If the hægtesse was once a powerful supernatural woman (in Norse it is an alternative word for Norn, any of the three weird sisters, the equivalent of the Fates), it might originally have carried the hawthorn sense. Later, when the pagan magic was reduced to local scatterings, it might have had the sense of “hedge-rider,” or “she who straddles the hedge,” because the hedge was the boundary between the “civilized” world of the village and the wild world beyond.
The hægtesse would have a foot in each reality. Even later, when it meant the local healer and root collector, living in the open and moving from village to village, it may have had the mildly pejorative sense of hedge- in M.E. (hedge-priest, etc.), suggesting an itinerant sleeping under bushes, perhaps. The same word could have contained all three senses before being reduced to its modern one.
Dracula ?”king of the vampires” in Bram Stoker’s novel (1897). It was a nickname of Prince Vlad of Wallachia (d.1476).vampire ?1734, from Fr. vampire or Ger. Vampir (1732, in an account of Hungarian vampires), from Hung. vampir, from O.C.S. opiri (cf. Serb. vampir, Bulg. vapir, Ukrainian uper), said by Slavic linguist Franc Miklošic to be ultimtely from Kazan Tatar ubyr “witch,” but Max Vasmer, an expert in this linguistic area, finds that phonetically doubtful. An Eastern European creature popularized in English by late 19c. gothic novels, however there are scattered English accounts of night-walking, blood-gorged, plague-spreading undead corpses from as far back as 1196. Applied 1774 by French biologist Buffon to a species of South American blood-sucking bat.
ACE FOLKLIFE GUIDE ON FAIRIES
Sidhe “the hills of the fairies,” 1793; but in Yeats, “the fairie folk” (1899), elipsis of Ir. (aos) sidhe “people of the faerie mound” (cf. second element in banshee).fairy c.1300, fairie, “enchantment, magic,” from O.Fr. faerie “land of fairies, meeting of fairies, enchantment, magic,” from fae “fay,” from L. fata (pl.) “the Fates,” from PIE *bha- “to speak” (see fame).
As “a supernatural creature” from late 14c. [contra Tolkien; cf. “This maketh that ther been no fairyes” in “Wife of Bath’s Tale”], perhaps via intermediate forms such as fairie knight”supernatural or legendary knight” (early 14c.).
The diminutive winged beings so-called in children’s stories seem to date from early 17c.
Yet I suspect that this flower-and-butterfly minuteness was also a product of “rationalization,” which transformed the glamour of Elfland into mere finesse, and invisibility into a fragility that could hide in a cowslip or shrink behind a blade of grass. It seems to become fashionable soon after the great voyages had begun to make the world seem too narrow to hold both men and elves; when the magic land of Hy Breasail in the West had become the mere Brazils, the land of red-dye-wood. [J.R.R. Tolkien,” On Fairy-Stories,” 1947]
The slang meaning “effeminate male homosexual” is first recorded 1895. Fairy ring is from 1590s. Fossil sea urchins found on the English downlands were called fairy loaves.good-neighbor also (chiefly British English) good-neighbour, adj. phrase, in reference to U.S. foreign policy, especially in Latin America, 1928, originally in Herbert Hoover. The good neighbours is Scottish euphemism for “the fairies” (1580s).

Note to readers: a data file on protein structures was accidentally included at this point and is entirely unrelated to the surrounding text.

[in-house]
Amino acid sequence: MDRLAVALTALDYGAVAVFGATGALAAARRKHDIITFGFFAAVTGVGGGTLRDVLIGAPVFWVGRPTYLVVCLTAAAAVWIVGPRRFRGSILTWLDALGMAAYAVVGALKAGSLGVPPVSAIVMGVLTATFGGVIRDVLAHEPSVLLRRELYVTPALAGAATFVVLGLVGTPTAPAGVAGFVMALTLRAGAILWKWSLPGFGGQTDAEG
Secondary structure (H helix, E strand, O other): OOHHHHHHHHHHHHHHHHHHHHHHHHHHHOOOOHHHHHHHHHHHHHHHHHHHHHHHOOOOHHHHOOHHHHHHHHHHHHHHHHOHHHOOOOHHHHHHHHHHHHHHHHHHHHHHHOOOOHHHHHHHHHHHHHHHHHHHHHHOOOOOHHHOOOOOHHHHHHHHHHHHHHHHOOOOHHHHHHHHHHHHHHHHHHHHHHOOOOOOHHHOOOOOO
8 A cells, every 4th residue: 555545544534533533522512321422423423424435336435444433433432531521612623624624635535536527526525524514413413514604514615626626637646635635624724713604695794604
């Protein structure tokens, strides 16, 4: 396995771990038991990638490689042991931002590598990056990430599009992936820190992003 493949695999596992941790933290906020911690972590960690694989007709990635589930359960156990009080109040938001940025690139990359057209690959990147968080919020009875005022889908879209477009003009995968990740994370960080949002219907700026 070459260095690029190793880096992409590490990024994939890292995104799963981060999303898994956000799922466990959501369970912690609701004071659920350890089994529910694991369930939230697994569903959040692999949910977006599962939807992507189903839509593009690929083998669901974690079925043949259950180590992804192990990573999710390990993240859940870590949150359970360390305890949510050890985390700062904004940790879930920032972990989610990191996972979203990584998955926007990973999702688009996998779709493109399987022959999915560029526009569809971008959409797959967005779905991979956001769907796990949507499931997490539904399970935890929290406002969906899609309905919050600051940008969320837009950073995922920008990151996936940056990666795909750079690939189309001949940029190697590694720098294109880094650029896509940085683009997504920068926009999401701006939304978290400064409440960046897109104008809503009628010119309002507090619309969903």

Oaf 1610s (implied in oafish), also auf (1620s), “a changeling; a foolish child left by the fairies” [Johnson], from a Scandinavian source, cf. Norw. alfr “silly person,” in O.N., “elf” (see elf). Hence, “a misbegotten, deformed idiot.” Until recently, some dictionaries still gave the plural as oaves.myth 1830, from Gk. mythos “speech, thought, story, myth,” of unknown origin.
Myths are “stories about divine beings, generally arranged in a coherent system; they are revered as true and sacred; they are endorsed by rulers and priests; and closely linked to religion. Once this link is broken, and the actors in the story are not regarded as gods but as human heroes, giants or fairies, it is no longer a myth but a folktale. Where the central actor is divine but the story is trivial … the result is religious legend, not myth.” [J. Simpson & S. Roud, “Dictionary of English Folklore,” Oxford, 2000, p.254]
General sense of “untrue story, rumor” is from 1840.gentry c.1300, “nobility of rank or birth,” from O.Fr. genterise, variant of gentilise “noble birth, gentleness,” from gentil (see gentle). Meaning “noble persons” is from 1520s. Earlier in both senses was gentrice (c.1200 as “nobility of character,” late 14c. as “noble persons”).
In Anglo-Irish, gentry was a name for “the fairies” (1880), and gentle could mean “enchanted” (1823).Pict an ancient people of Great Britain, late 14c., from L.L. Picti (late 3c., probably a nickname given them by Roman soldiers), usually taken as derived from picti “painted,” but probably ultimately from the Celtic name of the tribe, perhaps Pehta, Peihta, lit. “the fighters” (cf. Gaul. Pictavi, who gave the name to the French city of Poitiers). They painted and tattooed themselves, which may have suggested a Roman folk-etymology alteration of the name. The O.E. name for the people was Peohtas.
In Scottish folk-lore the Pechts are often represented as a dark pygmy race, or an underground people; and sometimes identified with elves, brownies, or fairies. [OED]
Source: Etymology Online Dictionary